The great-great-great granddaughter of tobacco baron Pierre Lorillard remembers her overprivileged childhood and her involvement with the Black Panthers
We Used to Own the Bronx: Memoirs of a Former Debutante. State University of New York Press/Albany, 225 pp., $23.
By Janice Harayda
Eve Pell notes perceptively that there was something “curiously un-American” about the values of her parents, members of the last generation who believed that if your blood was blue enough, you didn’t have to redeem yourself through work or philanthropy. “Horatio Alger, for example, would not have been welcome in our circle,” she writes, “since we looked down on people who actually made their own money (after we did) as ‘latecomers.’”
Pell maps the damage in this memoir of her overprivileged childhood on Long Island, her work with the Black Panthers in San Francisco, and her late-life success as a world-class marathon runner. She grew up fox-hunting and hearing about prominent forebears such as the tobacco magnate Pierre Lorillard, her great-great-great grandfather. One of her great-grandmothers gave seated dinners for 125 guests, “one course after another, with a footman in livery standing behind each chair”: “She never put on her own shoes – her lady’s maid did that.” And yet Pell hardly had charmed youth: Early on, her beautiful mother ran off with a lover and fought for custody of her daughter in a battle played out in the New York newspapers.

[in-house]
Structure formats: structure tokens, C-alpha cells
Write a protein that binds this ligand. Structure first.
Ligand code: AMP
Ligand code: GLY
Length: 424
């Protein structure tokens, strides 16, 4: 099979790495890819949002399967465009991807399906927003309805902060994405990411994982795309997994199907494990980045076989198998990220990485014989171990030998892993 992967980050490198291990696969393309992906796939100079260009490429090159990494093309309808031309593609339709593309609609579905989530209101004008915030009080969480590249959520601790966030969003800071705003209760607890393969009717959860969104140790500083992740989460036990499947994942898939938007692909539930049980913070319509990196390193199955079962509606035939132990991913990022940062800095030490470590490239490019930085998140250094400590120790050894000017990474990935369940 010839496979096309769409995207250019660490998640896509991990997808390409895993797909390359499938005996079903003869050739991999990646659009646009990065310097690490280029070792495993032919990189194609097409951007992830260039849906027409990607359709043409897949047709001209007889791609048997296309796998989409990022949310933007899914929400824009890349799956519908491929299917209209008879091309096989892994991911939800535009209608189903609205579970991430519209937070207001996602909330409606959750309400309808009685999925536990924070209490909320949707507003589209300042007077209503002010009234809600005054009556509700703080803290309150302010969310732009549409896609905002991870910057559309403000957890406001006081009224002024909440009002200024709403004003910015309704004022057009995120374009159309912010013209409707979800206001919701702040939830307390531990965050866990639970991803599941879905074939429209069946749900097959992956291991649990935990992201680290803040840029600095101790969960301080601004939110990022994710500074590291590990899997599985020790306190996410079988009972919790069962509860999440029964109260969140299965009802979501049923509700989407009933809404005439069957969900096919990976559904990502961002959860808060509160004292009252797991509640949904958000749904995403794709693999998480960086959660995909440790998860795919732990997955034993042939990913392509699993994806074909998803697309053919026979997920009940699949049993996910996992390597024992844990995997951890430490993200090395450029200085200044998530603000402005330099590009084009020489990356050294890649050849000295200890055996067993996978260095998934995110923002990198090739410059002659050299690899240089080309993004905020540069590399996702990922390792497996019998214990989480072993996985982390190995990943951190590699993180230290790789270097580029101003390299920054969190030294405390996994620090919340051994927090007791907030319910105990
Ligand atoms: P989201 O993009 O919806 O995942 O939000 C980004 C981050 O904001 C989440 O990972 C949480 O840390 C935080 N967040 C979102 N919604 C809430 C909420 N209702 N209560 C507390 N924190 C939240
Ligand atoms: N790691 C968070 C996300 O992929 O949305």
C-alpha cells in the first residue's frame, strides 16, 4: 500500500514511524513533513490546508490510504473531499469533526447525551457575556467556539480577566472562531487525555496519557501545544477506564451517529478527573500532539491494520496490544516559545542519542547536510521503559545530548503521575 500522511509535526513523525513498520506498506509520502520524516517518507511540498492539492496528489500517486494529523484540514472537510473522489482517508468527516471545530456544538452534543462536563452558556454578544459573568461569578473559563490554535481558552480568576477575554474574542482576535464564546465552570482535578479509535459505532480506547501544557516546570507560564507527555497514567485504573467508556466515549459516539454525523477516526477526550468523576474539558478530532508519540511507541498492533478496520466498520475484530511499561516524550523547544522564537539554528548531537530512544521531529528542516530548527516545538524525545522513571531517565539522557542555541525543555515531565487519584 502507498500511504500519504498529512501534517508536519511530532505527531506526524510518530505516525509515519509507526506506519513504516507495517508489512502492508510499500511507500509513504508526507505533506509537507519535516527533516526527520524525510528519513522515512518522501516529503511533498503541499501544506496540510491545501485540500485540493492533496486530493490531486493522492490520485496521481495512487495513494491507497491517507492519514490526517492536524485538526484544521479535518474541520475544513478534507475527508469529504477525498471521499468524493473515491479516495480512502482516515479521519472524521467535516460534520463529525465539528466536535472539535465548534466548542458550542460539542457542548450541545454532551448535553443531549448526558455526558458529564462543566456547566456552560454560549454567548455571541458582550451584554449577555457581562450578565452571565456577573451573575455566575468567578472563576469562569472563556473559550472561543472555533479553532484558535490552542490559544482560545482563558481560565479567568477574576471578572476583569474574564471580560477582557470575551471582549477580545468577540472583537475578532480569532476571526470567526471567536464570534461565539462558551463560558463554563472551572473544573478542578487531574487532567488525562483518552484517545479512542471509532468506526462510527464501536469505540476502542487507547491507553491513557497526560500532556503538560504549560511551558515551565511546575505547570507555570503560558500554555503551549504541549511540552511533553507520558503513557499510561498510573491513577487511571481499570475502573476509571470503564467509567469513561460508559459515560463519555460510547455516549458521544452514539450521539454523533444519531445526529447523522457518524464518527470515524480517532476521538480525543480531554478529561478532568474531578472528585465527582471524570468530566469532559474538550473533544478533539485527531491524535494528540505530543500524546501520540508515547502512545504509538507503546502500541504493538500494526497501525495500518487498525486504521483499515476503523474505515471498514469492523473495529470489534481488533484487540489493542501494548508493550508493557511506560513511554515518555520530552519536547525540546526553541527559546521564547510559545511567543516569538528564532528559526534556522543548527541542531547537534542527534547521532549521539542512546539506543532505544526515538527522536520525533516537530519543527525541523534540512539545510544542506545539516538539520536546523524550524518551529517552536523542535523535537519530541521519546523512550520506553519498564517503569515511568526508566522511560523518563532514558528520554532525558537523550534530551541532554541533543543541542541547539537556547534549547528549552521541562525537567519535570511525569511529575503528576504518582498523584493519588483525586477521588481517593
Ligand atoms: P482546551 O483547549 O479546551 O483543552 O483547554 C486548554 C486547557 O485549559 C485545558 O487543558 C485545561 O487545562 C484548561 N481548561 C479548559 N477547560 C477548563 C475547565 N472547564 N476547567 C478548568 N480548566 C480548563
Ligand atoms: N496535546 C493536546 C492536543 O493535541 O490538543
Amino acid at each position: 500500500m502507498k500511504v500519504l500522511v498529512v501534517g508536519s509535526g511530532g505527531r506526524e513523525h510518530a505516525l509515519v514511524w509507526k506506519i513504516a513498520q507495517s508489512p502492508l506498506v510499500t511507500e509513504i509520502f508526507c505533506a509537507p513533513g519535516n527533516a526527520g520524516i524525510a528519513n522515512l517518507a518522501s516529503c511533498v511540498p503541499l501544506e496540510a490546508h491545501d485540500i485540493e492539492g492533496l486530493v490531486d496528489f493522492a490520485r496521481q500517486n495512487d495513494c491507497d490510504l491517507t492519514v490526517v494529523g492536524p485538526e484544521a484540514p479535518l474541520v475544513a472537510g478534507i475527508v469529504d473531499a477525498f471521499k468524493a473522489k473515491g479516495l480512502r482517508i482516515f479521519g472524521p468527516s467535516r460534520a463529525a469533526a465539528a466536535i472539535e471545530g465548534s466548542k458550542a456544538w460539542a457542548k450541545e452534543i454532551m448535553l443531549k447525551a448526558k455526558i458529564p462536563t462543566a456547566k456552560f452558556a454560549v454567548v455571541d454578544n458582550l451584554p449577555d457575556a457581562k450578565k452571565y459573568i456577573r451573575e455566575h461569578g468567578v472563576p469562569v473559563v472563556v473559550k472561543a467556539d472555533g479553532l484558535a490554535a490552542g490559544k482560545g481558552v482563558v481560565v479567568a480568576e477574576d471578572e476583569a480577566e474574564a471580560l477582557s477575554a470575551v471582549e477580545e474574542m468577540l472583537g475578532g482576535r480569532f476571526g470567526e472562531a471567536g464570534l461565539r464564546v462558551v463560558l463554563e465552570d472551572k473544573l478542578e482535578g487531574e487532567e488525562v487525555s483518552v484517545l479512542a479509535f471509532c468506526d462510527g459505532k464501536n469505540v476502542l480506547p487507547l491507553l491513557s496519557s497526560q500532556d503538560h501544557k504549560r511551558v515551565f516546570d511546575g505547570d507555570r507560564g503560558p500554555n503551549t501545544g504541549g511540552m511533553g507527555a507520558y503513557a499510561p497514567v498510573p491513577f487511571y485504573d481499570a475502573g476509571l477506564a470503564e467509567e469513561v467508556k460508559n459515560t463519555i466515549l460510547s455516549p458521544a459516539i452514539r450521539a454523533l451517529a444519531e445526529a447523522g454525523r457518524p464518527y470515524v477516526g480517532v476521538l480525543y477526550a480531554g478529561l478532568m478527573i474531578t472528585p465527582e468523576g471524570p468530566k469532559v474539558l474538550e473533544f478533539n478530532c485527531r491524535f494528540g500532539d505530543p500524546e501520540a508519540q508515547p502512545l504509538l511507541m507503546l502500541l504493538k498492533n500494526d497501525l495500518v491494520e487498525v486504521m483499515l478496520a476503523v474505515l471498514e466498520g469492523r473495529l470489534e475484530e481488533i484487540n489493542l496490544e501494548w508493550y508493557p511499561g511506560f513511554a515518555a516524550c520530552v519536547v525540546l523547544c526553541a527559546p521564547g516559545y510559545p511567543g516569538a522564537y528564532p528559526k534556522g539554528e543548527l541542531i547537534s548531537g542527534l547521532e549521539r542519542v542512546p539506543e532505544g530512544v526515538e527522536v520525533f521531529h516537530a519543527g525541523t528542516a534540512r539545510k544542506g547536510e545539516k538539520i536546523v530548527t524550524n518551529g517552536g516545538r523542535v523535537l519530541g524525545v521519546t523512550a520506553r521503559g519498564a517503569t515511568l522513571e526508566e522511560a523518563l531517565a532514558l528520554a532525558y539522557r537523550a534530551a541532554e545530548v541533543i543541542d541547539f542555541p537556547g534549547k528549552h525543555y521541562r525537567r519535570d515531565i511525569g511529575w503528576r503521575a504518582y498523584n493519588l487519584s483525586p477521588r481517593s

By telling her story, Pell aims show what happens to rich families when blood and money thin and, in the culture as a whole, an aristocracy of birth gives way to an aristocracy of achievement. And to some extent, she succeeds. Pell is a close observer of the mores of relatives such as an aunt who sold some of her diamonds to create and publish a version of the Bible that “excluded references to eating meat since she was a vegetarian.”
But We Used to Own the Bronx isn’t as enlightening as it could have been. Pell is better reporter than analyst and, as such, offers few insights into her world that go beyond the banalities of psychotherapy. She was in a unique position to shed light on the phenomenon known as radical chic or champagne socialism, but she makes little of it.
As a young mother, Pell became emotionally involved the Black Panther George Jackson, a prisoner at San Quentin, who was eventually shot to death while trying to escape. Why did she act in ways that might have endangered her three children? Pell says, in part, that Jackson “made me feel like a real woman.” She also says that in 1996 — when she would have been in her 60s — she was “surprised and shocked” (and “horrified” and “appalled”) to learn that a cousin felt no guilt about a nasty anti-Semitic prank in his youth. By then, she’d lived for more than six decades in a family teeming with men who belonged to private clubs that didn’t admit Jews, so it’s unclear why she was as startled by this as by her discovery that Jackson may have been a psychopath.
In such passages, Pell comes across as either naïve or sanctimonious and, in any case, lacking in self-awareness. She also shows little sense of humor about the foibles of the oddballs in her clan. Pell has tried not to allow herself to be defined by family – but she takes her clan so seriously as to leave the impression that, in many ways, she’s still in thrall to it.
Best line: “I had been raised to think that anyone who felt bad was not trying hard enough.”
Worst line: Pell writes of an ex-husband: “There were things I had to put up with. He routinely ate all the chocolate icing off the top of Sara Lee cakes and left the rest of it, stripped, in the fridge for us.” We’re supposed to sympathize with this?
Published: February 2009
Caveat lector: We Used to Own the Bronx has one of the worst titles I’ve seen on a book this year. It refers to a large tract of land once owned by the Pells, but leaves the impression that the book is about, say, the 1949 Yankees. The subtitle is fine.
About the author: Pell lives in San Francisco.
© 2009 Janice Harayda. All rights reserved.